$17,589 - $23,374

2018 Hyundai Tucson Performance Review

Note: This performance review was created when the 2018 Hyundai Tucson was new.


Performance: 7.8

Performance options for the 2018 Hyundai Tucson include a pair of powertrains and the choice between front- and all-wheel drive. In any iteration, the Tucson is comfortable, quiet, and smooth. Fuel economy is about average for the class.

  • "The Tucson is one of the more comfortable-riding models among the small SUV class, a segment that's not exactly brimming with plush riders. Equipped with either the 17-inch wheels on the SE … or the more stylish 19-inch ones on any other trim of the Tucson, it rides well. That said, the SE adds a measure of pliancy that gives it a small edge in comfort. Either way, the suspension proves absorbent and resilient. It effectively manages to buffer and mute any bump, blister, rut, or ridge. Ride motions are slow and controlled, making the Tucson feel steady and composed." -- Consumer Reports
  • "On the road, the Tucson is something of a mixed bag, though we suspect most crossover shoppers will appreciate the majority of what it has to offer. The Tucson touts a comfortable ride, predictable handling and, if you opt for the 1.6-liter turbocharged engine (as most drivers will), a tremendously smooth engine-and-transmission combination. In all, we think the Tucson offers one of the most pleasurable, supple rides in the compact-crossover segment." -- Autotrader (2017)
  • "Once underway you'll be impressed by the Tucson's quiet and refined ride quality, something Hyundai representatives told us was a specific focus for the new crossover." -- Forbes (2016)

Acceleration and Power

The standard Tucson powertrain is a 2.0-liter four-cylinder engine mated to a six-speed automatic transmission. It feels polished and gets decent fuel economy (23 mpg in the city and 30 mpg on the highway). The base engine is slow to accelerate, and while many will have no issue with this, spirited drivers will likely prefer the turbocharged 1.6-liter four-cylinder engine. Mounted in the Tucson Value and Tucson Limited trims, this engine is a bit peppier and comes with a silky smooth seven-speed automatic transmission. It gets the same gas mileage as the base engine on the highway and improves fuel economy in the city by 2 mpg.

  • "The base SE comes with a 2.0-liter engine that … delivers unobtrusive and predictable acceleration but feels underpowered. Requiring nearly 11 seconds to complete the 0-60 mph dash, the tardy Tucson dallies behind competitors like the Toyota RAV4 and Subaru Forester by two seconds, a long lag. … Any Tucson that's not the base SE trim gets a 1.6-liter turbo linked to a seven-speed dual-clutch automated manual. Despite the small displacement, with the turbo's help, this engine breathes much more easily than the 2.0-liter and supplies quicker, more effortless motivation that doesn't require frequent revving." -- Consumer Reports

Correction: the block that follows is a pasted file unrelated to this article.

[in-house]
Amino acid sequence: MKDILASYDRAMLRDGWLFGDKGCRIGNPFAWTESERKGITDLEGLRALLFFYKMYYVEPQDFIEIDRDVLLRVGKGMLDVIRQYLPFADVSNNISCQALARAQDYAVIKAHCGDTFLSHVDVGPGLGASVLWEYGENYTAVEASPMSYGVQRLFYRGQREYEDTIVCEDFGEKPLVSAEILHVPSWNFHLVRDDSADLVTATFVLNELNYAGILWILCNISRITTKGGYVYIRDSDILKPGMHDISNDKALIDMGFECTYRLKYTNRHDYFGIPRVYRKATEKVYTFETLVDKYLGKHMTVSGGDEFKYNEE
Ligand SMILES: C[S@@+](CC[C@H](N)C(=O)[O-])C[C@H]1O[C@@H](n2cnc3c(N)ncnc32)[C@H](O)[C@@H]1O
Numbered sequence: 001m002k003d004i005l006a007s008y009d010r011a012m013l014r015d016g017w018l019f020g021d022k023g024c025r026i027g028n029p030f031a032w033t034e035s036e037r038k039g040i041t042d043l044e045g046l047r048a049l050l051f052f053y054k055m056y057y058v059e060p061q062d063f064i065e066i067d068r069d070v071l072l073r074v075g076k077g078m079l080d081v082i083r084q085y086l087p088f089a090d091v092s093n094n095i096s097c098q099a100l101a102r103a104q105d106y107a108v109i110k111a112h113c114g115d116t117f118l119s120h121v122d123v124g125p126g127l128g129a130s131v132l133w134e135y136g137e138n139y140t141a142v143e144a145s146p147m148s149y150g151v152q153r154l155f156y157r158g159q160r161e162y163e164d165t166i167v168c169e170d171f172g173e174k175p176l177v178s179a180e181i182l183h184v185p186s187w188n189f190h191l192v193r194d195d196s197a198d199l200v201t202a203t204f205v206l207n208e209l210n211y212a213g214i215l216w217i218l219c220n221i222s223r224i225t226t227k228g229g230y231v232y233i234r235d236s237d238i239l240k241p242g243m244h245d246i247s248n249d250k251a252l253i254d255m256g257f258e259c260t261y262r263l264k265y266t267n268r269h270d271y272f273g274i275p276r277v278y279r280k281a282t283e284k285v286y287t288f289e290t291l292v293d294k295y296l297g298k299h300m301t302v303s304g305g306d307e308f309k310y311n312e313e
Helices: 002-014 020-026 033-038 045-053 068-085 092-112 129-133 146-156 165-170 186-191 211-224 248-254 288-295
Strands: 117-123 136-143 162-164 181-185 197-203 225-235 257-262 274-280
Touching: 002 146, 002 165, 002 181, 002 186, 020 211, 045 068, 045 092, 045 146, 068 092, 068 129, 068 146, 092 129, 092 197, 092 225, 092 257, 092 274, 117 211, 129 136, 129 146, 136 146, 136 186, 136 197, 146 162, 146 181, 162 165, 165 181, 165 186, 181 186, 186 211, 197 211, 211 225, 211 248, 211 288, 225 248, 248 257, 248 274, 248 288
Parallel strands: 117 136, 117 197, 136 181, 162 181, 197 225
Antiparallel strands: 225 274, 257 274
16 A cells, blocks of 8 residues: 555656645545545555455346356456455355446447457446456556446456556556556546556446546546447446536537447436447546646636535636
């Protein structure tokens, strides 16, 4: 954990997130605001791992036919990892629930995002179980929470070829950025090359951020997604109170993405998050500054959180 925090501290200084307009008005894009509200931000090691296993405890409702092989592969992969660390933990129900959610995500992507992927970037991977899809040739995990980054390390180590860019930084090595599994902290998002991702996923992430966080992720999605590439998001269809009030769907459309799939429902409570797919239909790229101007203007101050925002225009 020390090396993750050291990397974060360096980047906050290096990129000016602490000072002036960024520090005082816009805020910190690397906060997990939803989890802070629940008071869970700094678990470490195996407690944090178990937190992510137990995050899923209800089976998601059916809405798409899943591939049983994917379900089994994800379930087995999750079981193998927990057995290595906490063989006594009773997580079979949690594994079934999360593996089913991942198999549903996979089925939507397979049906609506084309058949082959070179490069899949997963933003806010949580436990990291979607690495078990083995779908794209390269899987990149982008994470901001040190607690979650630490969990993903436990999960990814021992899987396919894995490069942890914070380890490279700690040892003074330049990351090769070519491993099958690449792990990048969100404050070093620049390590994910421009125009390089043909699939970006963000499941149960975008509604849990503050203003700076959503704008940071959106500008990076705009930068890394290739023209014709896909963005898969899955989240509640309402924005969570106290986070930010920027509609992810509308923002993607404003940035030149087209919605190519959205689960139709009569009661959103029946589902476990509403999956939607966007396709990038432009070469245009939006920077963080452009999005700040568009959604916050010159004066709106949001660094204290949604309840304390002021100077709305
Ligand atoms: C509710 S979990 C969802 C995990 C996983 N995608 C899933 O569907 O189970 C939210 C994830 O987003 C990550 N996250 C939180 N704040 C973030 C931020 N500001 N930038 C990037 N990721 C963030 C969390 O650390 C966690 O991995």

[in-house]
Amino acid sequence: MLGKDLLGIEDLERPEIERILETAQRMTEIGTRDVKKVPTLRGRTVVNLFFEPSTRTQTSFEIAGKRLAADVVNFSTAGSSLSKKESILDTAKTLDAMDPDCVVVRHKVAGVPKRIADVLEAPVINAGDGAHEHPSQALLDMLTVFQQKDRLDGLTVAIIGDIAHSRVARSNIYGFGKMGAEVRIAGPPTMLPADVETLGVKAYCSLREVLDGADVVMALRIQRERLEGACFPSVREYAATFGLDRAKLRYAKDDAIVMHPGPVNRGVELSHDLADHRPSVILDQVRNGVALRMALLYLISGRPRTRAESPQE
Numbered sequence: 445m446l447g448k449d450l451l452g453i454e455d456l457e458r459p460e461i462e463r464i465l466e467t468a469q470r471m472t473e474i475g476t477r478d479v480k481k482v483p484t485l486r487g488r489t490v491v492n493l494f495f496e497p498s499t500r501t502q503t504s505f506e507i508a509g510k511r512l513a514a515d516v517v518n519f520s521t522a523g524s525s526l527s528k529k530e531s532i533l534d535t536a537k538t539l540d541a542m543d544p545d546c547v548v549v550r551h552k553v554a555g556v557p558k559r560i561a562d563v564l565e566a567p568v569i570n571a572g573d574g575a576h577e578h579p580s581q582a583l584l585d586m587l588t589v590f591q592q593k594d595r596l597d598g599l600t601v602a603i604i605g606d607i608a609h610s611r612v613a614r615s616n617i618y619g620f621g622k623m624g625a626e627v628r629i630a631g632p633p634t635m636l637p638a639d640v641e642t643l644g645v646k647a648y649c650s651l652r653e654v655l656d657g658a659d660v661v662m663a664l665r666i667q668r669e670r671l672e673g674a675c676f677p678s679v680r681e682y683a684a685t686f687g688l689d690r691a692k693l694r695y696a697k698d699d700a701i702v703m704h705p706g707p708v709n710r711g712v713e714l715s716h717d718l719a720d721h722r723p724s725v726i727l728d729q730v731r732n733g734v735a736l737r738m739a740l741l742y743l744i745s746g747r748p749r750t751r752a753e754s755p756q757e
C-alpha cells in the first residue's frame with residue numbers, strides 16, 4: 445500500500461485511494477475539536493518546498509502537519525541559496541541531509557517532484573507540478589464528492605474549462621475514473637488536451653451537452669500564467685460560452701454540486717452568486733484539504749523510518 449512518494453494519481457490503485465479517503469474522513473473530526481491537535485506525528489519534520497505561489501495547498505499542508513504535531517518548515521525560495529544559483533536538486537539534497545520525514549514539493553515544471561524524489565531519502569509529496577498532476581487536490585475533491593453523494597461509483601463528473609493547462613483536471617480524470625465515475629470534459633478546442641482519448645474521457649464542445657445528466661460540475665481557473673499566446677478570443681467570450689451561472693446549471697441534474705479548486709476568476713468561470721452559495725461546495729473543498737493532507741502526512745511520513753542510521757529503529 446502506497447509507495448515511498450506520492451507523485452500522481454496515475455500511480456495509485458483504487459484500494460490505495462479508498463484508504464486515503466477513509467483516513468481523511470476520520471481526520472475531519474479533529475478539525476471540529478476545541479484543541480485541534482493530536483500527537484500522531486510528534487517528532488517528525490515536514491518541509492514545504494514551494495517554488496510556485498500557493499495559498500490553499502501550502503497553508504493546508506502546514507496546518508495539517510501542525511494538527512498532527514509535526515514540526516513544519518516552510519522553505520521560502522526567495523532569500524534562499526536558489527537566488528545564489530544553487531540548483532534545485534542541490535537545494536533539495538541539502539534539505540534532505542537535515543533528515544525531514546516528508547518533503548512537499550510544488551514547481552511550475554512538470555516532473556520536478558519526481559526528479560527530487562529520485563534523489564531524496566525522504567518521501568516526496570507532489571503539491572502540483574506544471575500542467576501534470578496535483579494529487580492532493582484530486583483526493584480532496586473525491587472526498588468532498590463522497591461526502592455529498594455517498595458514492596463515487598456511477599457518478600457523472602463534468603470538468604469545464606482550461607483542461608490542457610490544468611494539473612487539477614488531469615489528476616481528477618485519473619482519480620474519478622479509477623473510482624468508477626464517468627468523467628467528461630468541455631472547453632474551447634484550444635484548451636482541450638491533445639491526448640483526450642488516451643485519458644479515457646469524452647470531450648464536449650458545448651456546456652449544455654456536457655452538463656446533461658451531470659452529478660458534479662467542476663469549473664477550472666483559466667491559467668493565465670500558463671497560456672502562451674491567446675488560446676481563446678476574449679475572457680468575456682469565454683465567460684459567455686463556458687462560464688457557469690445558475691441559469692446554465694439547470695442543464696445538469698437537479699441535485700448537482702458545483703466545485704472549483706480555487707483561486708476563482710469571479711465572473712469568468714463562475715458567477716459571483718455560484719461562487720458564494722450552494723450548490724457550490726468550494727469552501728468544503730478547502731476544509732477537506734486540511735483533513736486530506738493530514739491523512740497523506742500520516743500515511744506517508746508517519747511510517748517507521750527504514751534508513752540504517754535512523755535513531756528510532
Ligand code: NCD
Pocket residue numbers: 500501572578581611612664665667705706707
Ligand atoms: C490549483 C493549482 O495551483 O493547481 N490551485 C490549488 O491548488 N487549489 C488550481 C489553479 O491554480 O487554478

• "If you decide to buy a Tucson, we recommend going with the turbocharged 1.6-liter engine. Yes, the price is lower on the 2.0-liter equipped SE, but this engine is less refined and just doesn't feel powerful enough for a vehicle of this size. The turbocharged engine is peppy, smooth and respectably fuel-efficient. You might notice some rough upshifts from its transmission or even some hesitation when moving from a stop, but those are small issues that are worth overcoming for the engine upgrade." -- Edmunds (2017)
  • "In virtually all circumstances, we were impressed with the Tucson's turbocharged powertrain, which offered smooth acceleration and very hushed noise levels. But what impressed us most was the standard 7-speed dual-clutch automatic. [It] … touts incredibly smooth shifting at virtually all engine speeds -- so smooth, in fact, that we think this transmission might just be the way of the future for compact crossovers and mainstream cars alike." -- Autotrader (2016)

Handling and Braking

Every Tucson comes standard with front-wheel drive and the option to add all-wheel drive. Praised for its comfortable, easygoing nature, this crossover SUV feels composed on the highway, but driving enthusiasts may find its dynamics too laid back.

  • "The Tucson is quite responsive and agile. It may not be as sporty as a Mazda CX-5 or Ford Escape, but it answers the helm promptly. Body lean is well contained." -- Consumer Reports
  • "The 2017 Hyundai Tucson's ride quality strikes a good balance between sporty and comfortable. It's composed and somewhat enjoyable around corners, but it's also relatively quiet and smooth over bumpy city roads. The base [trim] … predictably [has] a more composed ride with their 17-inch wheels, but the 19-inch wheels … are totally livable too. And though it might not be able to fit as much cargo as some of its compact rivals, the Tucson is small enough on the outside that it's a breeze to park and maneuver in tight spaces." -- Edmunds (2017)
  • "The Tucson's ride and handling are to be commended too. Hyundai gave us a route that took us over broken pavement, gravel roads and questionably maintained stretches of Minnesota country highways and byways. The Tucson never put a foot wrong. It lacks the CX-5's harder edge and may not be the equal of the RAV4 or CR-V in compliance, but not so much that you miss it. It's quiet and comfortable, but capable of hustling when called upon to do so." -- Left Lane News (2016)

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